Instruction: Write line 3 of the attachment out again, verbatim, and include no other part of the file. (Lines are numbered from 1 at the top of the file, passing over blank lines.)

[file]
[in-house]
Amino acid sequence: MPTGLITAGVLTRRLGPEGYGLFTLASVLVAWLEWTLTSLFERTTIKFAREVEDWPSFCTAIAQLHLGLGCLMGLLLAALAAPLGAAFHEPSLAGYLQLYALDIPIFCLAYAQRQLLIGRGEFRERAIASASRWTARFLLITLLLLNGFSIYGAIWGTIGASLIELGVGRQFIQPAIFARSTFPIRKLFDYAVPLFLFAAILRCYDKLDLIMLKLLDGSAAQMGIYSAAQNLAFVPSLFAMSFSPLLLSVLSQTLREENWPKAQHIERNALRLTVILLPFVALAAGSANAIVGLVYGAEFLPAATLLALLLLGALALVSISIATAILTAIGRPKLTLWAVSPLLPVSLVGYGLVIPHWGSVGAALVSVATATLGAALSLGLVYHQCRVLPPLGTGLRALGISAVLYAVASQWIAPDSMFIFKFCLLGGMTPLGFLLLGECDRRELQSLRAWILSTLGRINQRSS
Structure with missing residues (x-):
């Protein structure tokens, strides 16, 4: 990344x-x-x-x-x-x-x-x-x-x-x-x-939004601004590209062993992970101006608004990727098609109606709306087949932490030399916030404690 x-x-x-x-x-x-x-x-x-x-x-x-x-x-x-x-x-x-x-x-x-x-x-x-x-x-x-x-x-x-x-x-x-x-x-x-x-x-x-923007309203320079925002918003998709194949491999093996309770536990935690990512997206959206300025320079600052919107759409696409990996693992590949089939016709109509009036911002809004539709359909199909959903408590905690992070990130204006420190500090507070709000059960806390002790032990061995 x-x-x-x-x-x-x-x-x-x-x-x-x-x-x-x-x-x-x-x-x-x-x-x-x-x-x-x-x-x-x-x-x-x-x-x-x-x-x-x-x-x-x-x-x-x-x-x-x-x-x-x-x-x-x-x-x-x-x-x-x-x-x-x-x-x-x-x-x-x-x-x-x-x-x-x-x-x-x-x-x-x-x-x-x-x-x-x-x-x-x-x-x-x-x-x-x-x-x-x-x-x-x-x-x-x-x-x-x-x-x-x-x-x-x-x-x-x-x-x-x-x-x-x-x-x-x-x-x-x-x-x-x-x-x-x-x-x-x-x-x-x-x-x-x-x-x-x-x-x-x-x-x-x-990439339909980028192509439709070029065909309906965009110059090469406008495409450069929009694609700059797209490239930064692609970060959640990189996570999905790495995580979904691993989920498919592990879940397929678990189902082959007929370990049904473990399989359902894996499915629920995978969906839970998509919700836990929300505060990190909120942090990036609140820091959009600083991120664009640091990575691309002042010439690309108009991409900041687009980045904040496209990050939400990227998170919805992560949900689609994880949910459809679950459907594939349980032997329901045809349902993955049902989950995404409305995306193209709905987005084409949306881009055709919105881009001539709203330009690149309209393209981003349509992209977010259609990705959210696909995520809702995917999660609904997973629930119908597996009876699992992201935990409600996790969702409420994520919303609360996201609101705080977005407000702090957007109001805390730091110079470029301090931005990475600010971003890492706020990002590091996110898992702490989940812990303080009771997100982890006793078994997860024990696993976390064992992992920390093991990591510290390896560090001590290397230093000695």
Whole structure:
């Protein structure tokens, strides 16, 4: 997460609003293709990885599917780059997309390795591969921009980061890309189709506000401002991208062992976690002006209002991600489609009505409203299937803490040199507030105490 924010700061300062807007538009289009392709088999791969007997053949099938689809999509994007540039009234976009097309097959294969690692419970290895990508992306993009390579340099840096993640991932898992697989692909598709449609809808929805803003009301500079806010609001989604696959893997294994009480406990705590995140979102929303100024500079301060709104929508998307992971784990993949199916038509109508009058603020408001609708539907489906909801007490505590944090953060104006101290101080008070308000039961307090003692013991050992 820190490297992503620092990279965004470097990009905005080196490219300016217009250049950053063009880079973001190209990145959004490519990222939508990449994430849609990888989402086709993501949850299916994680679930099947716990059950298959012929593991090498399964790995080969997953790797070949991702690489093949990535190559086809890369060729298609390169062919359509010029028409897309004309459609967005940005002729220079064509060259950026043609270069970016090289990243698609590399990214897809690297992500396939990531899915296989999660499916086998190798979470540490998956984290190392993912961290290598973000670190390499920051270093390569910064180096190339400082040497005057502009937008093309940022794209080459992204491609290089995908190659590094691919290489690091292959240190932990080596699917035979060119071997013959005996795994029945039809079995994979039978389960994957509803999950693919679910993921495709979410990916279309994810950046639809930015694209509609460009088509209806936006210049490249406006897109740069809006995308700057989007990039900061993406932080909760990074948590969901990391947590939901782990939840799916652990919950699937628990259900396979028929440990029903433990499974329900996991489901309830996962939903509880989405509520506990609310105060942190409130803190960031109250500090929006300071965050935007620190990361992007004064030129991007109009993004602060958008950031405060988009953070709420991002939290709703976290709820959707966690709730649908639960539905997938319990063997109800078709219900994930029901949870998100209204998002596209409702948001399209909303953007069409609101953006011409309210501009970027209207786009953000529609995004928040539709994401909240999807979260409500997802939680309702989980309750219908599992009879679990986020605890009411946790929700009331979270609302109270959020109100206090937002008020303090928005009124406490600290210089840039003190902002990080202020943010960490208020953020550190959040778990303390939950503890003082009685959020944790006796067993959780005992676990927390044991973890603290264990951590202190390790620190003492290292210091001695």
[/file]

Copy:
Structure with missing residues (x-):